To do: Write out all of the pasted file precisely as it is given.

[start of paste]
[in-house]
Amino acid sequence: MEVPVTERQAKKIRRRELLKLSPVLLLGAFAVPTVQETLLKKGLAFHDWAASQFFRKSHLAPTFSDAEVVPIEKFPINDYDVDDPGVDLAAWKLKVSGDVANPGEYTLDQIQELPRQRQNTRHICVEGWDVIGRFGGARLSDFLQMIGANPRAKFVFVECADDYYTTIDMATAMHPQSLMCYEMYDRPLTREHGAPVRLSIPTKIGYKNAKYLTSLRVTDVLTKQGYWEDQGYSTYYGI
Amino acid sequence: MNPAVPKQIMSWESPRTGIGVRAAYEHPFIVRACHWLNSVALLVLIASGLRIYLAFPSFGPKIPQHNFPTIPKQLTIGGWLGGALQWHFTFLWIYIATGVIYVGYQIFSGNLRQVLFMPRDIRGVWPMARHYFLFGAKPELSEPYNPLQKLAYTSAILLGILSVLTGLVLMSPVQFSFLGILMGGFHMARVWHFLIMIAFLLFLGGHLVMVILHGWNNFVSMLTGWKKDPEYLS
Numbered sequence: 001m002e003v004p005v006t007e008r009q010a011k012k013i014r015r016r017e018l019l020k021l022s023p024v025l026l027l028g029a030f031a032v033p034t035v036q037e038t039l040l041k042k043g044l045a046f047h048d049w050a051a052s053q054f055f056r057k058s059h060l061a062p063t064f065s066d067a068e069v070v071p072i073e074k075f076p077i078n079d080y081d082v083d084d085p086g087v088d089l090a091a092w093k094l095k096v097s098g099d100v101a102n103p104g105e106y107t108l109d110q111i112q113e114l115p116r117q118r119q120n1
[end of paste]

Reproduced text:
[in-house]
Amino acid sequence: MEVPVTERQAKKIRRRELLKLSPVLLLGAFAVPTVQETLLKKGLAFHDWAASQFFRKSHLAPTFSDAEVVPIEKFPINDYDVDDPGVDLAAWKLKVSGDVANPGEYTLDQIQELPRQRQNTRHICVEGWDVIGRFGGARLSDFLQMIGANPRAKFVFVECADDYYTTIDMATAMHPQSLMCYEMYDRPLTREHGAPVRLSIPTKIGYKNAKYLTSLRVTDVLTKQGYWEDQGYSTYYGI
Amino acid sequence: MNPAVPKQIMSWESPRTGIGVRAAYEHPFIVRACHWLNSVALLVLIASGLRIYLAFPSFGPKIPQHNFPTIPKQLTIGGWLGGALQWHFTFLWIYIATGVIYVGYQIFSGNLRQVLFMPRDIRGVWPMARHYFLFGAKPELSEPYNPLQKLAYTSAILLGILSVLTGLVLMSPVQFSFLGILMGGFHMARVWHFLIMIAFLLFLGGHLVMVILHGWNNFVSMLTGWKKDPEYLS
Numbered sequence: 001m002e003v004p005v006t007e008r009q010a011k012k013i014r015r016r017e018l019l020k021l022s023p024v025l026l027l028g029a030f031a032v033p034t035v036q037e038t039l040l041k042k043g044l045a046f047h048d049w050a051a052s053q054f055f056r057k058s059h060l061a062p063t064f065s066d067a068e069v070v071p072i073e074k075f076p077i078n079d080y081d082v083d084d085p086g087v088d089l090a091a092w093k094l095k096v097s098g099d100v101a102n103p104g105e106y107t108l109d110q111i112q113e114l115p116r117q118r119q120n1